2016 was the year that I made a conscious effort to sample beers outside of my typical rotation of Harpoon’s IPA & Sam Adam’s seasonal offerings. Other than the occasional stout, I would rarely gravitate towards unique styles or beers from breweries I was unfamiliar with. Not to be over dramatic, but it’s a whole new world now in terms of expanding my palette and pursuing beers I would have stray from in the past. I discovered my new favorite style the double IPA, as well as discovering several local quality breweries such as Trillium Brewing Company, Hopsters, and Night Shift Brewing. 

As everyone loves lists I have compiled a number of reviews I wrote over the last year of some of my favorite beers. I am always looking for recommendations, so any and all would be much appreciated.

As always,

Enjoy (responsibly).


Double Indian pale ales are quickly becoming some of my favorite beers, and The 87 from our local friends at Night Shift Brewing, is a fantastic example of why. Pouring a hazy amber body, The 87 has a medium, high hop body with notes of citrus, grapefruit, pine, and slight toasted caramel malt. Despite it’s high alcohol content, its aftertaste wasn’t nearly as biter as I expected it to be. Another local home run.



Trillium Brewing Companies Fort Point Pale Ale is second to none with it’s hoppy base infused with citrus fruity hints of apricot, pineapple, and a distinctively smooth, piney dry finish. Before even raising the glass, Fort Points pungent citrus fruit aroma enthralls the drinkers nostrils. Despite it’s strong fruity flavors it’s not an overly sweet beer, which is a testament to its pale ale backbone and its superior non bitter drinkability. I consider it to be one of the best “standard daily-drinker” beers I have had the pleasure of drinking, and would recommend to even the most casual of beer enthusiasts.



Easily my favorite Fall beer of the year, Roadsmary’s Baby is a near perfect pumpkin ale. Roadsmary’s Baby is a medium bodied pumpkin ale with heavy notes of vanilla and seasonal spices with a pleasant dry finish. It has a slight bite that is indicative of the beer being aged in rum barrels, which gives it a nice , warming finish. By and large it stands out from the number of other pumpkin ales I have had so far this year.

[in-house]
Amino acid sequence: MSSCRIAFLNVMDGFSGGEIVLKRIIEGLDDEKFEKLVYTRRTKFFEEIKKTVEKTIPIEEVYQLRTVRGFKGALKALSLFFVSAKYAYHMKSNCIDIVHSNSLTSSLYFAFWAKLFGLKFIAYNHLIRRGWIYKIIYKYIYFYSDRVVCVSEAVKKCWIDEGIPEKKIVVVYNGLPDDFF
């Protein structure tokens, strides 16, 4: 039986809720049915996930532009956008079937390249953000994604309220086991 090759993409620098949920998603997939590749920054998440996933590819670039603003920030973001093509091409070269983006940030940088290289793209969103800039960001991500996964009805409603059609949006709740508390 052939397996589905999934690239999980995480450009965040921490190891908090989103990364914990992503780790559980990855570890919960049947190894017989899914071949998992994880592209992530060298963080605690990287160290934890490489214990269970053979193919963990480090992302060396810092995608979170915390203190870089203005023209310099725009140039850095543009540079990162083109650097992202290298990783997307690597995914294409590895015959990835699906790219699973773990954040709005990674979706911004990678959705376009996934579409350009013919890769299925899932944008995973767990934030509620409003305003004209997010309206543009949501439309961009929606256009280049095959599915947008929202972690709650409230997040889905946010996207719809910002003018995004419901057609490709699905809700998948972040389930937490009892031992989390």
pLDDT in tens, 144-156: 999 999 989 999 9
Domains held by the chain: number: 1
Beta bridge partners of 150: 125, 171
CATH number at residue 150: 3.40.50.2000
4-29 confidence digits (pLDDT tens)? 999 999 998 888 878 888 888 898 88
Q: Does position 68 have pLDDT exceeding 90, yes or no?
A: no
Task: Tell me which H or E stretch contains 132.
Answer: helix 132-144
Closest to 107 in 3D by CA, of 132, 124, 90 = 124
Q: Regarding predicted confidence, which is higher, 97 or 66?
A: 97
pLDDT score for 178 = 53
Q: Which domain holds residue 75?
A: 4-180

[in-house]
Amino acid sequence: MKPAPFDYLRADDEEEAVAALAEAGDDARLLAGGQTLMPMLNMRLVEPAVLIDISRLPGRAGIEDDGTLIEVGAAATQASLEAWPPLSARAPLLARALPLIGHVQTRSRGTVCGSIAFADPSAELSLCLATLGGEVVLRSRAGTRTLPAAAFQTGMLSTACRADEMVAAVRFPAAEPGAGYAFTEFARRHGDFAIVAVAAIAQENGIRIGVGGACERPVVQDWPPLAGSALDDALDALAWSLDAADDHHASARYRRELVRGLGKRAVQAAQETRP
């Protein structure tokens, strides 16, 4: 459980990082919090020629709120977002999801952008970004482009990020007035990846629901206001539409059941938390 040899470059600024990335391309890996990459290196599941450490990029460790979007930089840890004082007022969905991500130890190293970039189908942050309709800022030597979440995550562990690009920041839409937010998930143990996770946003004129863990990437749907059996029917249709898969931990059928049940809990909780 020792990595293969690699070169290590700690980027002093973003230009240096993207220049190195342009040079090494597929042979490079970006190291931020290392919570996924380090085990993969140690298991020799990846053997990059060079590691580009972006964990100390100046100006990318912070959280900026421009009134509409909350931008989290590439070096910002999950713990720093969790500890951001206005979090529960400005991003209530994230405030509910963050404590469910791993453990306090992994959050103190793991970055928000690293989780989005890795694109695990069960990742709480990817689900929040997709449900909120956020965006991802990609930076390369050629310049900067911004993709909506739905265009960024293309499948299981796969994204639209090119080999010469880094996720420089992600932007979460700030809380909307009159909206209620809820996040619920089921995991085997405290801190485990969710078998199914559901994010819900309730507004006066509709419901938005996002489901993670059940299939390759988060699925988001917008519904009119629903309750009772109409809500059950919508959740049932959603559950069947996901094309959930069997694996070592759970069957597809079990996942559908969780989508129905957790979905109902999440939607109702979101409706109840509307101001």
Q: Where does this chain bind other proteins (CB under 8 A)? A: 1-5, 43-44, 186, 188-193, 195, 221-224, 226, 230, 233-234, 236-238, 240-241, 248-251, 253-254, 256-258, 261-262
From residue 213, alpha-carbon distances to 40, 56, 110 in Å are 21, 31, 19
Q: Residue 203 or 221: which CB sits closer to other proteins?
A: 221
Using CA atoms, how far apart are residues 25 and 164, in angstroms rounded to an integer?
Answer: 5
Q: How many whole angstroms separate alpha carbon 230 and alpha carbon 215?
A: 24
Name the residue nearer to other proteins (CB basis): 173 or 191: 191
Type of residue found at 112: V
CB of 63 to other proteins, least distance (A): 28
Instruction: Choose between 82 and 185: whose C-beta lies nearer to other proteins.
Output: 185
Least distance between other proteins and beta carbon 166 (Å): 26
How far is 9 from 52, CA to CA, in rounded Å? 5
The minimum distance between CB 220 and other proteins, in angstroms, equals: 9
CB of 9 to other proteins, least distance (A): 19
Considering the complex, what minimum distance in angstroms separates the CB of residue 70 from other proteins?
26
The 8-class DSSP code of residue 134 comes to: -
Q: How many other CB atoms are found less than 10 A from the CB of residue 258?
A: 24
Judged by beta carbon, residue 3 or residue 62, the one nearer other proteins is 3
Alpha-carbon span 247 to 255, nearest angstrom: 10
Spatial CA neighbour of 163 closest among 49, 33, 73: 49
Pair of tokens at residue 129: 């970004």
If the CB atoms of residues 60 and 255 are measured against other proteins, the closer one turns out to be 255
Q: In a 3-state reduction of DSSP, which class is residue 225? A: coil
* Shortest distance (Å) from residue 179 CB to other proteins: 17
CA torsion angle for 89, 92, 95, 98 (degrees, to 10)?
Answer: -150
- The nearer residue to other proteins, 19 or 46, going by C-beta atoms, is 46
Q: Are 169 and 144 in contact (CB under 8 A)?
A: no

Despite it’s mysterious name, Jack’s Abbeys Smoke & Dagger Black Lagger is an excellent medium bodied dark lagger. Pouring a thick creamy body, with aromas of bread and a smokey dark chocolate, it has the consistency of a smokey chocolate milkshake. With hints of chocolate, wheat, oatmeal, coffee and slight smokey after taste, this is very smooth and drinkable black lagger. I wish the smokiness was a tad more prominent, but this is a new favorite for sure.



Hands down my favorite stout. Pouring a deep black, with a decent clingy head, that despite its appearance is a surprisingly airy stout. Smooth and creamy, with heavy notes of malt, sweet chocolate, vanilla, heavy cream, and dark roasted coffee. Despite this being one of the sweeter stouts I have had, it’s sweetness isn’t overpowering, so you’ll savor every sip. This is an incredibly approachable beer for those looking to explore new styles of beer, even for those who already enjoy rich stouts.



Despite its pitch black body, this is one of the creamiest, richest, and silky smooth coffee infused porters I have had. The consistency and mouthfeel of this beer is almost that of a milkshake, while not overpoweringly sweet. Strong notes and aromas of dark-roast coffee, chocolate, toasted malts , and a slight nuttiness. Despite it’s robust and strong flavor, this doesn’t compromise it’s drinkability.